Britain's new health secretary has said he favours reducing the limit for women to have abortions from 24 weeks of pregnancy to 12, sparking criticism from opposition lawmakers and women's rights activists.
Jeremy Hunt, who took up the job just a few weeks ago, said he believed that 12 weeks was "the right point," telling The Times newspaper in an interview published Saturday: "It is just my view about that incredibly difficult question about the moment that we should deem life to start."
The comments followed recent remarks from Culture Secretary Maria Miller – also the minister for women – who said she would like to see the law tightened so that the limit comes down to 20 weeks.
The Prime Minister's office at Downing Street stressed that Hunt was expressing purely personal views, and that the government has no plans to change laws on abortion.
But his remarks, coming just ahead of the annual Conservative Party conference, immediately stirred up political debate and anger from pro-choice campaigners.
Abortion is a divisive political issue in Britain, though not as much so as in the US, where it has flared up in the presidential campaign despite the candidates' reluctance to dwell on the topic.
The 24-week limit applies to England, Wales and Scotland. Abortion is illegal in Northern Ireland except when the mother's life is in danger or there is a serious threat to her health.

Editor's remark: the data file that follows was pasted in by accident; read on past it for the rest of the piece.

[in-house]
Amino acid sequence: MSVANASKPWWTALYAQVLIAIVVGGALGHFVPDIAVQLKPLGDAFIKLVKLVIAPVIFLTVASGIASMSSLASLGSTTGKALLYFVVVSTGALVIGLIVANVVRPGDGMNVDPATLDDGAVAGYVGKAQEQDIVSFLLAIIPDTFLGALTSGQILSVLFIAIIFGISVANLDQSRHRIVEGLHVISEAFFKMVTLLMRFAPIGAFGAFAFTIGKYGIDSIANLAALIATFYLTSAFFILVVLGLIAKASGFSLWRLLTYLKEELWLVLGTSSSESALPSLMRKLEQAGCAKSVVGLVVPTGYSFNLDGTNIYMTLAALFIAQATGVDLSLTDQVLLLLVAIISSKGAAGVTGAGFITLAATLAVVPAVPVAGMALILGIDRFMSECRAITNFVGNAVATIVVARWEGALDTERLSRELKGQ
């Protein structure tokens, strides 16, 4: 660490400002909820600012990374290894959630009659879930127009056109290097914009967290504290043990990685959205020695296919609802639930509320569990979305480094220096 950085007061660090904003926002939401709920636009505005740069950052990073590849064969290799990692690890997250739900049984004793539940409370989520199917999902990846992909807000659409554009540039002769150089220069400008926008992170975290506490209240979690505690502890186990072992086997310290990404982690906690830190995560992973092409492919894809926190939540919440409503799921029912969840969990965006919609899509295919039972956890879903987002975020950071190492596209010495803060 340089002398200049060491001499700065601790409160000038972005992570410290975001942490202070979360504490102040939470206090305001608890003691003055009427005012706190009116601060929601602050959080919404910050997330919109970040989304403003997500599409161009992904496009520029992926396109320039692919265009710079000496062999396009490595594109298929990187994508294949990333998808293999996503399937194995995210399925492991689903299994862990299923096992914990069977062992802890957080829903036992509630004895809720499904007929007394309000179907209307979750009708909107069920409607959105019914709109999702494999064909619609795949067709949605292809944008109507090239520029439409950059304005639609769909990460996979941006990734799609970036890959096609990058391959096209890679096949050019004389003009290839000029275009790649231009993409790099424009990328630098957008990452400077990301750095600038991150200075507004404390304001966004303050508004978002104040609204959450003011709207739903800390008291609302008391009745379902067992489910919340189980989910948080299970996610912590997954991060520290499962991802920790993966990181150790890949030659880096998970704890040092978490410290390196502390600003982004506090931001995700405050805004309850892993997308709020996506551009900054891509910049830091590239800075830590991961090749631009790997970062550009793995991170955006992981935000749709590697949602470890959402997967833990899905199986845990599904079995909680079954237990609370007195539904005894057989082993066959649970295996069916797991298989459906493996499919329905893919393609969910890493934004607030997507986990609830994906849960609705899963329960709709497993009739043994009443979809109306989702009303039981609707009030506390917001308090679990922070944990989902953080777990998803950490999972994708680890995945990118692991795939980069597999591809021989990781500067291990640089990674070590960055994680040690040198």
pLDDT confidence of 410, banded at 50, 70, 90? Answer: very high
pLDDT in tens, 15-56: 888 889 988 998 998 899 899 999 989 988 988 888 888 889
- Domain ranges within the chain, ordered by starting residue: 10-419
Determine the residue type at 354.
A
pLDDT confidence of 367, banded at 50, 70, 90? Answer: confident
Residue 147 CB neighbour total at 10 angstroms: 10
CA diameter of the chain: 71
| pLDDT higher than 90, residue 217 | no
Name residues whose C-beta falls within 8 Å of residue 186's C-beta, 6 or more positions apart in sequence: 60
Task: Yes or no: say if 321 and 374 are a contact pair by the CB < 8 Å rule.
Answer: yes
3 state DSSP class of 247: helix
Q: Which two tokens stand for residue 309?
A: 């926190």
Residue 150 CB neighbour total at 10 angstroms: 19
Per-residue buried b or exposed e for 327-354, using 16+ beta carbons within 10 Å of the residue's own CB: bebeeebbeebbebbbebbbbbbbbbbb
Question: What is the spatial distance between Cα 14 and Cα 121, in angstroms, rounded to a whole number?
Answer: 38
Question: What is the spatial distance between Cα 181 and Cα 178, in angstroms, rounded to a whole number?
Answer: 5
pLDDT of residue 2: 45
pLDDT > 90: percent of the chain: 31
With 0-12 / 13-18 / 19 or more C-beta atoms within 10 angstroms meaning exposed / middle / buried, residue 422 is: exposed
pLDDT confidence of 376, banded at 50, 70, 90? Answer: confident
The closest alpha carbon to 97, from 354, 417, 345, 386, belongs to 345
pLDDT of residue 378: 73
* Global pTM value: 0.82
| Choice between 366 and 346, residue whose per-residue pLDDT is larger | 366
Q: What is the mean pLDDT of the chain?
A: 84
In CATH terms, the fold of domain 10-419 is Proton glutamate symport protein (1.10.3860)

Department of Health figures show that the vast majority of abortions last year were carried out at under 13 weeks. Critics of Hunt's position argue that the current 24-week limit should be kept because severe health problems such as Down syndrome are often not revealed in testing until later in the pregnancy.
They say the remarks show that Hunt does not have a full understanding of why women need late abortion services.
"I think women and families across the country will find it staggering that the priority for this government is playing politics with people's lives, like this," said Diane Abbott, the health spokesperson for the opposition Labour Party. "Late abortion only affects a small number of women, who are often in extremely challenging circumstances."
Prime Minister David Cameron said that he did not agree with Hunt's position, and instead personally favoured a more "modest" reduction in the legal limit. Home Secretary Theresa May expressed similar views Saturday, telling the BBC in an interview that "there is scope for some reduction."
"My own view is probably a reduction to 20 weeks. That is a personal view of mine," May said. – Sapa-AP.